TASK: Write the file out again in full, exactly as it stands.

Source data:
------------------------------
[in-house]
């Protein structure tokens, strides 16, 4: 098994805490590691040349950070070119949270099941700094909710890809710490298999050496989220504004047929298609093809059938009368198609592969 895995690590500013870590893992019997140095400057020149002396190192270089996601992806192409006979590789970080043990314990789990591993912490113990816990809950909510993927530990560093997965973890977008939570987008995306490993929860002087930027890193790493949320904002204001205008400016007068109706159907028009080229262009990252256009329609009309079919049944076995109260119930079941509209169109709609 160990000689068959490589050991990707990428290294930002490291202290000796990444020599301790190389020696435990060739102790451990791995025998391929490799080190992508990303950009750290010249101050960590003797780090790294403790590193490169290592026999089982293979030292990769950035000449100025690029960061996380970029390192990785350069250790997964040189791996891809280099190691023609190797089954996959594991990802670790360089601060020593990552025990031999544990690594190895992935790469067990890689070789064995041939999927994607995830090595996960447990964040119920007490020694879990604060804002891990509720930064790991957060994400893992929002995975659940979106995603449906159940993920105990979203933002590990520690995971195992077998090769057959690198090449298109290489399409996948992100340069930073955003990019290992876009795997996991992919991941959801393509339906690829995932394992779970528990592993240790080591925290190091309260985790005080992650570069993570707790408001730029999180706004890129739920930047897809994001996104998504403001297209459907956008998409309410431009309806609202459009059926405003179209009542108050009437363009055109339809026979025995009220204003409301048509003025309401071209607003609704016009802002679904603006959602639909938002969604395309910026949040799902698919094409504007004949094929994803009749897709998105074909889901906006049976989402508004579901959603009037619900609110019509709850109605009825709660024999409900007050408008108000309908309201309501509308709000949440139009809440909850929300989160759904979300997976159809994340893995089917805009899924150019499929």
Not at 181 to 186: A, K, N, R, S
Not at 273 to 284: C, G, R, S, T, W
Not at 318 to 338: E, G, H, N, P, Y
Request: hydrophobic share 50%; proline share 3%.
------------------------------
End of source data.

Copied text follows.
[in-house]
């Protein structure tokens, strides 16, 4: 098994805490590691040349950070070119949270099941700094909710890809710490298999050496989220504004047929298609093809059938009368198609592969 895995690590500013870590893992019997140095400057020149002396190192270089996601992806192409006979590789970080043990314990789990591993912490113990816990809950909510993927530990560093997965973890977008939570987008995306490993929860002087930027890193790493949320904002204001205008400016007068109706159907028009080229262009990252256009329609009309079919049944076995109260119930079941509209169109709609 160990000689068959490589050991990707990428290294930002490291202290000796990444020599301790190389020696435990060739102790451990791995025998391929490799080190992508990303950009750290010249101050960590003797780090790294403790590193490169290592026999089982293979030292990769950035000449100025690029960061996380970029390192990785350069250790997964040189791996891809280099190691023609190797089954996959594991990802670790360089601060020593990552025990031999544990690594190895992935790469067990890689070789064995041939999927994607995830090595996960447990964040119920007490020694879990604060804002891990509720930064790991957060994400893992929002995975659940979106995603449906159940993920105990979203933002590990520690995971195992077998090769057959690198090449298109290489399409996948992100340069930073955003990019290992876009795997996991992919991941959801393509339906690829995932394992779970528990592993240790080591925290190091309260985790005080992650570069993570707790408001730029999180706004890129739920930047897809994001996104998504403001297209459907956008998409309410431009309806609202459009059926405003179209009542108050009437363009055109339809026979025995009220204003409301048509003025309401071209607003609704016009802002679904603006959602639909938002969604395309910026949040799902698919094409504007004949094929994803009749897709998105074909889901906006049976989402508004579901959603009037619900609110019509709850109605009825709660024999409900007050408008108000309908309201309501509308709000949440139009809440909850929300989160759904979300997976159809994340893995089917805009899924150019499929």
Not at 181 to 186: A, K, N, R, S
Not at 273 to 284: C, G, R, S, T, W
Not at 318 to 338: E, G, H, N, P, Y
Request: hydrophobic share 50%; proline share 3%.